In mathematics, there are many branches of functions. You have Inverse, Linear, Quadratic, Cubic, Periodic, Monotonic, etc. In this paper we will cover Reciprocal and Rational Functions. Both can be plotted on a graph, both have asymptotes, and both have discontinuities. But just because they have a few similarities doesn’t mean that they are all the same. In this paper we will compare and contrast the two functions.

A rational function has the definition of, “Any function which can be written as the ratio of two polynomial functions.” Any time that the denominator is undefined, that means the function is undefined. Since a rational function is set up in a fraction, if the same term is in the numerator and the denominator then those two will “cancel” each other out. When two terms cancel each other out, a hole will occur at the point that both terms cancelled out at. The vertical asymptote is found by the term in the denominator. If you only have (x-2) in the denominator then you will have a vertical asymptote at 2 on the x axis, going vertical. It will be 2 because in the function the vertical asymptote is automatically given a negative sign, so the opposite of whatever your term is. The horizontal is found by any number outside of the fraction.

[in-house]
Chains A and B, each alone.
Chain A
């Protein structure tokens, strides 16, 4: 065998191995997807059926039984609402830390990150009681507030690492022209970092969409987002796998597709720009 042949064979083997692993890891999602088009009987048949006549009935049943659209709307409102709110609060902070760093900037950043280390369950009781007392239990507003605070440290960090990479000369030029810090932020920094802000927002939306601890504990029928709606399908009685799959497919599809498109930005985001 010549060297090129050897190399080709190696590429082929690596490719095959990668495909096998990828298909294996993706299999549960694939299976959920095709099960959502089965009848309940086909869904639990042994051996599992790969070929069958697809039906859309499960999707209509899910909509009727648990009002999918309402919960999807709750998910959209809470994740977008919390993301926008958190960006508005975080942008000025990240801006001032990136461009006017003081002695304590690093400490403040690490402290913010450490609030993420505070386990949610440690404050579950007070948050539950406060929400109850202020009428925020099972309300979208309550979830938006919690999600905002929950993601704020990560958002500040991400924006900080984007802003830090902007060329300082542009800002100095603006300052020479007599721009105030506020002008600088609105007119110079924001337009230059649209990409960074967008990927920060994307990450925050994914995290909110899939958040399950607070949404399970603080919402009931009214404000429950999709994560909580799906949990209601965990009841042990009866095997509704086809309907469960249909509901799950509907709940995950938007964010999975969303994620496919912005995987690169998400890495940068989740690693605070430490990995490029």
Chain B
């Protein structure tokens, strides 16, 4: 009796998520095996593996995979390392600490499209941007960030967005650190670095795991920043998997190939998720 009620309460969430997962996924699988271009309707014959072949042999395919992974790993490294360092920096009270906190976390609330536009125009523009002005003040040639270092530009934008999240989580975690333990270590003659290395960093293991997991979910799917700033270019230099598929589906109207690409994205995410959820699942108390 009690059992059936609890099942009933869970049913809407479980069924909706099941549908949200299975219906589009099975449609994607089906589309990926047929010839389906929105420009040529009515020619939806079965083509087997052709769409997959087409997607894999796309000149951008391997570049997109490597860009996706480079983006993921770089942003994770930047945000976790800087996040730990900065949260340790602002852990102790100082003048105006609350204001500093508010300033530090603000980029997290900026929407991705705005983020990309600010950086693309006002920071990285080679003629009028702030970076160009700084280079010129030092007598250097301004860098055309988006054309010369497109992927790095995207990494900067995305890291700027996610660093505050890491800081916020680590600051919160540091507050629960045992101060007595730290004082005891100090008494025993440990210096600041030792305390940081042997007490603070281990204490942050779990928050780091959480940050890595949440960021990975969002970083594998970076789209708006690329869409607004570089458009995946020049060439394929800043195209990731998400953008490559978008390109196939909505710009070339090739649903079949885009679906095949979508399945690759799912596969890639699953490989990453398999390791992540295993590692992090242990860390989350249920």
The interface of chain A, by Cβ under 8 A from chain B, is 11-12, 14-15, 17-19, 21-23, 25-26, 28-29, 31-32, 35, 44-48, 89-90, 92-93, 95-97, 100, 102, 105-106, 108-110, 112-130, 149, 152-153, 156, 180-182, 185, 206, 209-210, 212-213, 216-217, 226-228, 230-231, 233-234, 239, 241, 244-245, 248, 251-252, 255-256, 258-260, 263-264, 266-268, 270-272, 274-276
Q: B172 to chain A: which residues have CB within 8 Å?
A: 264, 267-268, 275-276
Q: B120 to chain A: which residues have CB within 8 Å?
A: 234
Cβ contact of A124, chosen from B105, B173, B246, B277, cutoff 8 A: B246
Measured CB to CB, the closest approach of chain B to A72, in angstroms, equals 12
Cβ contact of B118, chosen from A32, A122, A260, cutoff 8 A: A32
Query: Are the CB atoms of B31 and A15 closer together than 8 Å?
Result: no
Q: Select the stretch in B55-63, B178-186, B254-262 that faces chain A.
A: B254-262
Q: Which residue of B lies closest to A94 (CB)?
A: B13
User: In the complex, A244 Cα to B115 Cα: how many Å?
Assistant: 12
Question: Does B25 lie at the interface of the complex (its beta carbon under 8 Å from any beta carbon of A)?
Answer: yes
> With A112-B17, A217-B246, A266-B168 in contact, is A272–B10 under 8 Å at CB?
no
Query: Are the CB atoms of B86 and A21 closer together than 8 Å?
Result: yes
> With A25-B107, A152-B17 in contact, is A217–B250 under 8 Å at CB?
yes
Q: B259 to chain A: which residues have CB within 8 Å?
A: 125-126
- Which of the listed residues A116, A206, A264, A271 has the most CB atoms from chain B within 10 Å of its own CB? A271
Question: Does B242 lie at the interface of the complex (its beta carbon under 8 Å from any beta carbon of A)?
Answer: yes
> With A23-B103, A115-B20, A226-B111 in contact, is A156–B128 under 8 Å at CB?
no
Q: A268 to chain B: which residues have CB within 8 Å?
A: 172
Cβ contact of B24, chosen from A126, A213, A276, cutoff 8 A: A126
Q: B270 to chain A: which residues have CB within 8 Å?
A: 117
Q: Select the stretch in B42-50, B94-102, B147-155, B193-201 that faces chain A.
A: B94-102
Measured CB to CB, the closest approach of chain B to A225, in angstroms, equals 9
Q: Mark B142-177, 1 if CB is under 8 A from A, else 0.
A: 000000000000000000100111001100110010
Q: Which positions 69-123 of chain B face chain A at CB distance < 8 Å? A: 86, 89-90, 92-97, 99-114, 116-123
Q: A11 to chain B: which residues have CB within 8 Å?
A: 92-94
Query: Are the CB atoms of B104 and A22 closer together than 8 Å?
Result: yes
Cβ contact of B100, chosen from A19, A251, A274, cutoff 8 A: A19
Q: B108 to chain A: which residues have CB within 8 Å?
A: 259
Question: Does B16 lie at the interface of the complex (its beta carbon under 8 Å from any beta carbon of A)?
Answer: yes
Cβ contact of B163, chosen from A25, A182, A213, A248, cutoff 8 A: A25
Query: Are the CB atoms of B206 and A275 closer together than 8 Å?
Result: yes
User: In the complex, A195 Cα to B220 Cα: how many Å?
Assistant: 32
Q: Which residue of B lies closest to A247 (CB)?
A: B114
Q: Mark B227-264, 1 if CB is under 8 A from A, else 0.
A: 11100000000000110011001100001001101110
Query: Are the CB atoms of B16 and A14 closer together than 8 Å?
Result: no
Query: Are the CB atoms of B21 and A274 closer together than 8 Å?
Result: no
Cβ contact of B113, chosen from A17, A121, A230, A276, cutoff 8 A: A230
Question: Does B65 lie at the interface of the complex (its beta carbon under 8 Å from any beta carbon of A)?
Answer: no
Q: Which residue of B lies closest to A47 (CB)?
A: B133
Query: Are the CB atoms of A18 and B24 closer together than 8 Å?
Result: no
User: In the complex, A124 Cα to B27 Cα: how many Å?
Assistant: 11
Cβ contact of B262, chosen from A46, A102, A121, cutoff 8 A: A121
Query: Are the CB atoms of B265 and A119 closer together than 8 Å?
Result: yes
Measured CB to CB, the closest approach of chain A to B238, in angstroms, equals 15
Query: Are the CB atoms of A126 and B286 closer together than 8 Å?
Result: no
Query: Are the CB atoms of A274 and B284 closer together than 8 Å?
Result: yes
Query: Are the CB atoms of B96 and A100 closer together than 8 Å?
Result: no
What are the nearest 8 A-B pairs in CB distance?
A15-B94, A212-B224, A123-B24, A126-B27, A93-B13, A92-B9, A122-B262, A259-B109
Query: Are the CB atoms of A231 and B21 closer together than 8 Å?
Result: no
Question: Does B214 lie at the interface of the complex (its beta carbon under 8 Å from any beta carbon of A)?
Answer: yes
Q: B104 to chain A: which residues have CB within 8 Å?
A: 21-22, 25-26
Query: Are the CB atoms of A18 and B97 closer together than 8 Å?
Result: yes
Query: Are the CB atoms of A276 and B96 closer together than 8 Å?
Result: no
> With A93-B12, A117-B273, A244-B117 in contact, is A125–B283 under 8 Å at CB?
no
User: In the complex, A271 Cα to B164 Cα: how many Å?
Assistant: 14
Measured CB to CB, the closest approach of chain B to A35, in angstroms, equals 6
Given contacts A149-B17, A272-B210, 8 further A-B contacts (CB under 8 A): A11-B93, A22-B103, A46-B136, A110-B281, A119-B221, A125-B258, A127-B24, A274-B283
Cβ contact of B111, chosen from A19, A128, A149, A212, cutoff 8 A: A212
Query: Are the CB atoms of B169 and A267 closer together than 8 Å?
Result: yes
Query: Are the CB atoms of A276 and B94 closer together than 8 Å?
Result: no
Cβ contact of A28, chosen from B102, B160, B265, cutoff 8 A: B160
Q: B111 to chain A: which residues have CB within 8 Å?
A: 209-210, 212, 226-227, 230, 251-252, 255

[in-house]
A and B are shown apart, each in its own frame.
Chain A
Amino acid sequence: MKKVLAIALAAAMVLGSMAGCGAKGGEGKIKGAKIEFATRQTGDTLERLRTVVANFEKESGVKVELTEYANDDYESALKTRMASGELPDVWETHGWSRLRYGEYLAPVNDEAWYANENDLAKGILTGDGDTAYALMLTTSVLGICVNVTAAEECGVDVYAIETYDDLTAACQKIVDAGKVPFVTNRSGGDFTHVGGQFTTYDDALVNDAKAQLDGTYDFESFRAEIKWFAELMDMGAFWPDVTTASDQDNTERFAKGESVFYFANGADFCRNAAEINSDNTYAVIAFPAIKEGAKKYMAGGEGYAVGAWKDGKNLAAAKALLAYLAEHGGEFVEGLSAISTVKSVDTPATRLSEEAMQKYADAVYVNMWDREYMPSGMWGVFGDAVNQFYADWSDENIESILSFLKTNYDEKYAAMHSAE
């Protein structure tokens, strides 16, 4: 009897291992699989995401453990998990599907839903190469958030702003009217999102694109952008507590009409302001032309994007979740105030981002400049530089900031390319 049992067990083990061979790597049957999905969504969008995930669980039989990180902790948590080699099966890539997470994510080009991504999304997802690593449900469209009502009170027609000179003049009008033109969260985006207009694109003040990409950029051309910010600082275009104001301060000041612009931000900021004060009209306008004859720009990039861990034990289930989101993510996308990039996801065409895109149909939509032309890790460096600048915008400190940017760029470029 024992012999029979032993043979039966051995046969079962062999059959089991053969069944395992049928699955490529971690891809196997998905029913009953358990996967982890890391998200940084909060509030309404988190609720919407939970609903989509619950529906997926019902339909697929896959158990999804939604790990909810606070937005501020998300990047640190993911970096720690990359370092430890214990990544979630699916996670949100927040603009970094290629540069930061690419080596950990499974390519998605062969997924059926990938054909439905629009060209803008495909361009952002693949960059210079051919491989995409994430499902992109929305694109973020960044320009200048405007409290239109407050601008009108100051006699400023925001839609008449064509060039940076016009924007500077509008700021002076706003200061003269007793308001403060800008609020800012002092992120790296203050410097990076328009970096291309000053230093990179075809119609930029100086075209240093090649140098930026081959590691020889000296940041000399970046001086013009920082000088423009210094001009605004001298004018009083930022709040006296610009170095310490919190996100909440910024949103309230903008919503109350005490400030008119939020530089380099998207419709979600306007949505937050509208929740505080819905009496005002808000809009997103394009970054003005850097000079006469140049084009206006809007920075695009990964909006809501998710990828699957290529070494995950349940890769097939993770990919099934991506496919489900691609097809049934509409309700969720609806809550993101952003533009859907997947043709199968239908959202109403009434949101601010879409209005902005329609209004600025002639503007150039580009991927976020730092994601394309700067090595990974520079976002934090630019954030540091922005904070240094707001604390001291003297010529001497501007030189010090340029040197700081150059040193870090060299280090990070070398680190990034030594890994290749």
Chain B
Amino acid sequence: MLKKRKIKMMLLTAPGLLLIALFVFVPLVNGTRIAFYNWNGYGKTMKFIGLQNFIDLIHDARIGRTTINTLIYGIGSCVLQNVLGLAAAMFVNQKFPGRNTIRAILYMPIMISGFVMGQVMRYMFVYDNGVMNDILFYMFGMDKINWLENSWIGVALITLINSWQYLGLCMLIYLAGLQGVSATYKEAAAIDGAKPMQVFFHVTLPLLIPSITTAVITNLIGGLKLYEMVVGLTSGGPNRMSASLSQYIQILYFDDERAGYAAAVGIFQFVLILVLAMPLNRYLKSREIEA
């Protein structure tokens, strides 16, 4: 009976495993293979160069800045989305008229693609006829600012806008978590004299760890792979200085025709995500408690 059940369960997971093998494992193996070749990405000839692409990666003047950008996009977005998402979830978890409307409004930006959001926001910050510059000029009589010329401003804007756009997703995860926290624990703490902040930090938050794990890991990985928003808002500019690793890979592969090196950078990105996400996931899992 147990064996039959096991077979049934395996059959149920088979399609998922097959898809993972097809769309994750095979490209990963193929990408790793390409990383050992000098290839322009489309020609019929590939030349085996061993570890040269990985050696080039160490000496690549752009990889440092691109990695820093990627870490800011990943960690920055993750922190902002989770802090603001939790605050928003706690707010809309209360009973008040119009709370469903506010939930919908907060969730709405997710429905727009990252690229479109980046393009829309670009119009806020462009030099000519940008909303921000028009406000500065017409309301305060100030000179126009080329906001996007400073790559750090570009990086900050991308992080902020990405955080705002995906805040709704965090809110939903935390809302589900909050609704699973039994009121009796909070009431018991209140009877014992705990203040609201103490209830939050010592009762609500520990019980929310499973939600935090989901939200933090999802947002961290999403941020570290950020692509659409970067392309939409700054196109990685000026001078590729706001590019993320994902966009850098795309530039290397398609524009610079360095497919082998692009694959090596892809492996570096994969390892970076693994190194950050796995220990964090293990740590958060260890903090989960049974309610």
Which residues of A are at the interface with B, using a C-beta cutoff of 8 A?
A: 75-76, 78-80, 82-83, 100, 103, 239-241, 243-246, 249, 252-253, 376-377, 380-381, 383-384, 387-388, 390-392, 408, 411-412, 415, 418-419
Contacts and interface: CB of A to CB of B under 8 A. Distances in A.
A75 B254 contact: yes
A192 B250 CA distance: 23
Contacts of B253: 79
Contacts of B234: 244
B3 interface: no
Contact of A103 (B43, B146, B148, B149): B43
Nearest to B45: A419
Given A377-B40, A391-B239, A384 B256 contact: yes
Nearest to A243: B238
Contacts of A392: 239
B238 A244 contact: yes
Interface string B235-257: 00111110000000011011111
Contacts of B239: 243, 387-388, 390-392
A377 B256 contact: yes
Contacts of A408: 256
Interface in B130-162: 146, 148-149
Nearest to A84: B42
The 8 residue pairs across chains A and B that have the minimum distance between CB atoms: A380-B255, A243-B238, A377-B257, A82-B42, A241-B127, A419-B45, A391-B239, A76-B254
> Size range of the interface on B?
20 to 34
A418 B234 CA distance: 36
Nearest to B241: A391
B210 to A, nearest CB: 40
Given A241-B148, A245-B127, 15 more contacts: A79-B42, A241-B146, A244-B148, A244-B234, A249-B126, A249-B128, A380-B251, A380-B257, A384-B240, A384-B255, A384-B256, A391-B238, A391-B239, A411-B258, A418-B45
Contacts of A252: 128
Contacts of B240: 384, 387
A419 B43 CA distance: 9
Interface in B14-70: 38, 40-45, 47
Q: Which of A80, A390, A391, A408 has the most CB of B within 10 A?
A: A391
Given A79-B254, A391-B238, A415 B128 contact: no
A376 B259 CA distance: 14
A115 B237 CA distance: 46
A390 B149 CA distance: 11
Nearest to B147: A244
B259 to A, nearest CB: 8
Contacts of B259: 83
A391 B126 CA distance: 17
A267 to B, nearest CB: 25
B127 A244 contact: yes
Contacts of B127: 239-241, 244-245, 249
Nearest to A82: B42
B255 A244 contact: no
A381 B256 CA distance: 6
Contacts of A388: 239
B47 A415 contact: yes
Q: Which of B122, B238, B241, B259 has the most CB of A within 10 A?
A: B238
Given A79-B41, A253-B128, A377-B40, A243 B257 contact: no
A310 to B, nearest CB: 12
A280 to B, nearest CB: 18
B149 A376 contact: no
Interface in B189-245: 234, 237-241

A reciprocal function can be defined as, “A function that models inverse variations.” Reciprocal functions can be graphed. They usually start at the top or sides of a graph; go inwards towards the origin, then bend past it and leave through the same quadrant that they entered. The x-axis is the horizontal asymptote, and the y-axis is the vertical asymptote. The vertical asymptote is found the same way as the rational function asymptote. As is the horizontal asymptote.

For both the Reciprocal and Rational Functions, you find the asymptotes the same way. You use the same formula, which is y=a/-x-h+k. The vertical asymptote is the opposite value because of the negative sign in the equation. The...

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